The Sasol petrochemical complex located in Secunda, South Africa operates the world's largest coal to synthesis gas conversion process. Expansion projects have resulted in an increase in cooling water requirements which is difficult in this water short catchment. Conversely, drainage water continuously accumulating in old coal mine workings is a growing liability. In an effort to balance the supply and demand within the complex, investigations were initiated into the use of min drainage water. The mine drainage contains amongst others, elevated concentrations of Calcium (~ 250 mg/l), Magnesium (~ 150 mg/l), and Sulphate (~ 2,955 mg/l) as well as trace quantities of iron and manganese. The addition of up to 12% of such mine drainage water to a cooling medium could tender the blend highly conducive to fouling, scaling and corrosion. Pilot scale cooling towers were operated over a twelve month period and the results including the limitations observed will be discussed.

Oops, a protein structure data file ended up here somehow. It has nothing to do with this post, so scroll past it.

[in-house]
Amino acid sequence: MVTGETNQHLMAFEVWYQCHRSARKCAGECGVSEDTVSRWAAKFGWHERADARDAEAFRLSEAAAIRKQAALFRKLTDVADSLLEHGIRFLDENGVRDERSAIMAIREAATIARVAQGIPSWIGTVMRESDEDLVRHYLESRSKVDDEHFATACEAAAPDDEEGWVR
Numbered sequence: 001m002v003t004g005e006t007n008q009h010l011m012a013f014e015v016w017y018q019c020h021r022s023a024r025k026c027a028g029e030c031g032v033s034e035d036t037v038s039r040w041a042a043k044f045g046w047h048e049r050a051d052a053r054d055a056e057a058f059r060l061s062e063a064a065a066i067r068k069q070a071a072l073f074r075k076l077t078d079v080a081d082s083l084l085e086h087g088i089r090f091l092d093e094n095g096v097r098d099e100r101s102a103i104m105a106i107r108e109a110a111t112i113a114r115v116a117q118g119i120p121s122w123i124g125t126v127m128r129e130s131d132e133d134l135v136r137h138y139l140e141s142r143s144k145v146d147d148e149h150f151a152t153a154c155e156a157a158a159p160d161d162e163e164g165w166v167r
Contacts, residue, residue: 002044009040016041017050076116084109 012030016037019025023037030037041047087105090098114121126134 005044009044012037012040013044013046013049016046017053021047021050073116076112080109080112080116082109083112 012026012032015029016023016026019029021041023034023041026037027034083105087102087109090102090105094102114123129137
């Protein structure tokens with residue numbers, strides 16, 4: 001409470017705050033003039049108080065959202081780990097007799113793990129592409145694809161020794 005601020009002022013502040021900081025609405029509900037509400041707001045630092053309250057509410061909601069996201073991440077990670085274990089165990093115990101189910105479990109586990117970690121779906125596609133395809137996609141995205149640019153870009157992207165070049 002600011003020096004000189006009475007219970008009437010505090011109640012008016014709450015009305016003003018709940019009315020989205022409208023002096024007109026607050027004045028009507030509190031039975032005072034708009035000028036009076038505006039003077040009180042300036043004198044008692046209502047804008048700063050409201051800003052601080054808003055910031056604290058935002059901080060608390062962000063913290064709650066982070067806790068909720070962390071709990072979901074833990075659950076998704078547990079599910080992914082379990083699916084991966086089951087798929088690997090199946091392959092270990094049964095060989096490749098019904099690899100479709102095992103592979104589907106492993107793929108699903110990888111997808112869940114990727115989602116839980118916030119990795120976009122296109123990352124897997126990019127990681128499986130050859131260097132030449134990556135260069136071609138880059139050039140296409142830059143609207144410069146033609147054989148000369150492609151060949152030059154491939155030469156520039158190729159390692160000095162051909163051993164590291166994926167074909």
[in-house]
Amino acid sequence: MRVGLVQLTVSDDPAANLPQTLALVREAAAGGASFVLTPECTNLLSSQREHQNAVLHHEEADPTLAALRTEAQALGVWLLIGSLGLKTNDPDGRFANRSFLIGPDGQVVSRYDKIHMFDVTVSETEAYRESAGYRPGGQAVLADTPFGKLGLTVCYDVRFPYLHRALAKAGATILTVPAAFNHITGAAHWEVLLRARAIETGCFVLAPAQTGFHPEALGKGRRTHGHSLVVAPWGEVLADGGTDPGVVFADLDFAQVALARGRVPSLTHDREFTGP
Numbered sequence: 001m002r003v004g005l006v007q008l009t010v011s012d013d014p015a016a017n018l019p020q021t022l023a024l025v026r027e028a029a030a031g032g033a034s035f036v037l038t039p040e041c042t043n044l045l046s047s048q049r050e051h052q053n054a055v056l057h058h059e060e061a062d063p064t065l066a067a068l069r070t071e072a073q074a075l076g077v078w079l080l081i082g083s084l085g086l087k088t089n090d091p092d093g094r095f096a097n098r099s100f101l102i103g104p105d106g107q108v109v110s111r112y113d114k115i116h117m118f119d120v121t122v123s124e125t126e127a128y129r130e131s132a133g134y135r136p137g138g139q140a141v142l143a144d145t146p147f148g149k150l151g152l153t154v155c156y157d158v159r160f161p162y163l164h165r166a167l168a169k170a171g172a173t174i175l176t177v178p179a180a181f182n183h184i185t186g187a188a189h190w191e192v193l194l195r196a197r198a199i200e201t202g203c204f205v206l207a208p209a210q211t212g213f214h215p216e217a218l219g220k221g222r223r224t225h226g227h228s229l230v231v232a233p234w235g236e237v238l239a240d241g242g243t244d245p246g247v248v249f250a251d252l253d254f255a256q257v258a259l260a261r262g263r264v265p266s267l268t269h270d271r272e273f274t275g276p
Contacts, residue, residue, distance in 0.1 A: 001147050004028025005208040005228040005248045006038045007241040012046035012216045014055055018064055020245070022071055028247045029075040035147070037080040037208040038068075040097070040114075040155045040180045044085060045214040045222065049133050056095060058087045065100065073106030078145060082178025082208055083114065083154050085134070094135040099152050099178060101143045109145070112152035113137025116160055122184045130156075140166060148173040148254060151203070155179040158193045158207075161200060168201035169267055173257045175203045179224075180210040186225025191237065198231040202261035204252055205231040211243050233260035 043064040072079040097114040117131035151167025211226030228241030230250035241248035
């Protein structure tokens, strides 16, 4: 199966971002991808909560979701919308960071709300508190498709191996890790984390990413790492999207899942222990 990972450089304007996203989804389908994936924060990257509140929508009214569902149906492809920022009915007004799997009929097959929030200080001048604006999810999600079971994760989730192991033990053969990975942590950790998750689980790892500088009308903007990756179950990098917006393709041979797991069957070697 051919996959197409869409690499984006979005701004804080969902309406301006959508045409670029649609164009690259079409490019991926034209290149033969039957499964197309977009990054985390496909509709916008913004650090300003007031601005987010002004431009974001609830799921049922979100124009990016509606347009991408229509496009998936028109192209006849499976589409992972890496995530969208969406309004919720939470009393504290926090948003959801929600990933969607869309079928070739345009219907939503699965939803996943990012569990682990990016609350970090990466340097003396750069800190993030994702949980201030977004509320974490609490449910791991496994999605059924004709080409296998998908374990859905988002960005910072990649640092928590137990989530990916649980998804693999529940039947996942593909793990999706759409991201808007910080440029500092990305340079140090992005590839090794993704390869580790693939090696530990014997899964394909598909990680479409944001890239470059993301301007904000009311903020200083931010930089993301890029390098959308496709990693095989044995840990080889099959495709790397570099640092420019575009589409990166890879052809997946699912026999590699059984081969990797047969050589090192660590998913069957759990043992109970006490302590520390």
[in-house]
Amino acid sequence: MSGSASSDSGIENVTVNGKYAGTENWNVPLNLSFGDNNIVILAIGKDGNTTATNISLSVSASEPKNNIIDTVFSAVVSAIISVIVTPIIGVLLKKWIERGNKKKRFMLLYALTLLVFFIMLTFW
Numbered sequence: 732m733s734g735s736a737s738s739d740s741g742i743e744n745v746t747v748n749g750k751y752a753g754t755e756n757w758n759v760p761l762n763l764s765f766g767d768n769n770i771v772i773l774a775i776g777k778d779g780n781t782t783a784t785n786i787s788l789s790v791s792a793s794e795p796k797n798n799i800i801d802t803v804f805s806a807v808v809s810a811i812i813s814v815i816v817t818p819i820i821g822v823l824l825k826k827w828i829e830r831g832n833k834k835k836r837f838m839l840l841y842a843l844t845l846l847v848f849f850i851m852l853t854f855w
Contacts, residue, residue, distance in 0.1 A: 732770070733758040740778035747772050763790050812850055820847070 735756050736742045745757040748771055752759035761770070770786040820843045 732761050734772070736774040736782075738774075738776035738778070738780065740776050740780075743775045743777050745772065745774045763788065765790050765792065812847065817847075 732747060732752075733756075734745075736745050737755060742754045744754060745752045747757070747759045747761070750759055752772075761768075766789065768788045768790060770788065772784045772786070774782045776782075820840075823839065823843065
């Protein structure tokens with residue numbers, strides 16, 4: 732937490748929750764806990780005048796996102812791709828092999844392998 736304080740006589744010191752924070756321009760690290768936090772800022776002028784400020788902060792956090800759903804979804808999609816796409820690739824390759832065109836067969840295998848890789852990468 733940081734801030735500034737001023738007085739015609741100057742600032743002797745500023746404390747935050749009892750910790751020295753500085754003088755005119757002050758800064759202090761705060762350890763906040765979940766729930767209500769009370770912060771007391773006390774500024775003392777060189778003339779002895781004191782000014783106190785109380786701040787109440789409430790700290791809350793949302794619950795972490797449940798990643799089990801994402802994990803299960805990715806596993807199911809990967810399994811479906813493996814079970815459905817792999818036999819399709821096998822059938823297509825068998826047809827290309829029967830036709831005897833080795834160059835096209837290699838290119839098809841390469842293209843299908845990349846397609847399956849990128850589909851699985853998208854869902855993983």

05-13: Evaluation into the use of Mine Drainage to Supplement Cooling Water
Dr. A Harriram and D.G. Nieuwenhuis, Sasol Technology